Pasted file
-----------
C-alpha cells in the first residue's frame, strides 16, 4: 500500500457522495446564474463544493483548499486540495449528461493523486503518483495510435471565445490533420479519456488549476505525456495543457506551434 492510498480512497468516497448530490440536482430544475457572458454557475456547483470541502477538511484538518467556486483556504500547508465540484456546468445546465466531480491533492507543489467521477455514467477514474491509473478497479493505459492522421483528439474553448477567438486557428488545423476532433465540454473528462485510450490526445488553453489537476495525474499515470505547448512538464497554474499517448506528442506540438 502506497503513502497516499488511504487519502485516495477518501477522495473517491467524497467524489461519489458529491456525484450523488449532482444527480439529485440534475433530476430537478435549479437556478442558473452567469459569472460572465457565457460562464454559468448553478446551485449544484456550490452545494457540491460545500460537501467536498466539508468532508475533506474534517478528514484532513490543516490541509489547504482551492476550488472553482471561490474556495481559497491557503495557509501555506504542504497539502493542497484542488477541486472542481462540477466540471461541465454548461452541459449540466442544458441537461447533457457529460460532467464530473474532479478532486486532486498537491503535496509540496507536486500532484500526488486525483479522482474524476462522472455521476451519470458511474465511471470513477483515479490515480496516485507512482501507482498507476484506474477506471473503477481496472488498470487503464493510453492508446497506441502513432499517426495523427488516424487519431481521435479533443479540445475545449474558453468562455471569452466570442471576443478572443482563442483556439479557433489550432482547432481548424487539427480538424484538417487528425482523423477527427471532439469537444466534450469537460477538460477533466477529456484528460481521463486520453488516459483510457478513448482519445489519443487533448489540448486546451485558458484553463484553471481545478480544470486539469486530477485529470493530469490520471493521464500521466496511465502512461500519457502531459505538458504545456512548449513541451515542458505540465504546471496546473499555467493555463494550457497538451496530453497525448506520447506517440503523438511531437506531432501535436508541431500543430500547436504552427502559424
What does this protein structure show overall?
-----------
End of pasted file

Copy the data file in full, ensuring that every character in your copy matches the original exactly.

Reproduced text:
C-alpha cells in the first residue's frame, strides 16, 4: 500500500457522495446564474463544493483548499486540495449528461493523486503518483495510435471565445490533420479519456488549476505525456495543457506551434 492510498480512497468516497448530490440536482430544475457572458454557475456547483470541502477538511484538518467556486483556504500547508465540484456546468445546465466531480491533492507543489467521477455514467477514474491509473478497479493505459492522421483528439474553448477567438486557428488545423476532433465540454473528462485510450490526445488553453489537476495525474499515470505547448512538464497554474499517448506528442506540438 502506497503513502497516499488511504487519502485516495477518501477522495473517491467524497467524489461519489458529491456525484450523488449532482444527480439529485440534475433530476430537478435549479437556478442558473452567469459569472460572465457565457460562464454559468448553478446551485449544484456550490452545494457540491460545500460537501467536498466539508468532508475533506474534517478528514484532513490543516490541509489547504482551492476550488472553482471561490474556495481559497491557503495557509501555506504542504497539502493542497484542488477541486472542481462540477466540471461541465454548461452541459449540466442544458441537461447533457457529460460532467464530473474532479478532486486532486498537491503535496509540496507536486500532484500526488486525483479522482474524476462522472455521476451519470458511474465511471470513477483515479490515480496516485507512482501507482498507476484506474477506471473503477481496472488498470487503464493510453492508446497506441502513432499517426495523427488516424487519431481521435479533443479540445475545449474558453468562455471569452466570442471576443478572443482563442483556439479557433489550432482547432481548424487539427480538424484538417487528425482523423477527427471532439469537444466534450469537460477538460477533466477529456484528460481521463486520453488516459483510457478513448482519445489519443487533448489540448486546451485558458484553463484553471481545478480544470486539469486530477485529470493530469490520471493521464500521466496511465502512461500519457502531459505538458504545456512548449513541451515542458505540465504546471496546473499555467493555463494550457497538451496530453497525448506520447506517440503523438511531437506531432501535436508541431500543430500547436504552427502559424
What does this protein structure show overall?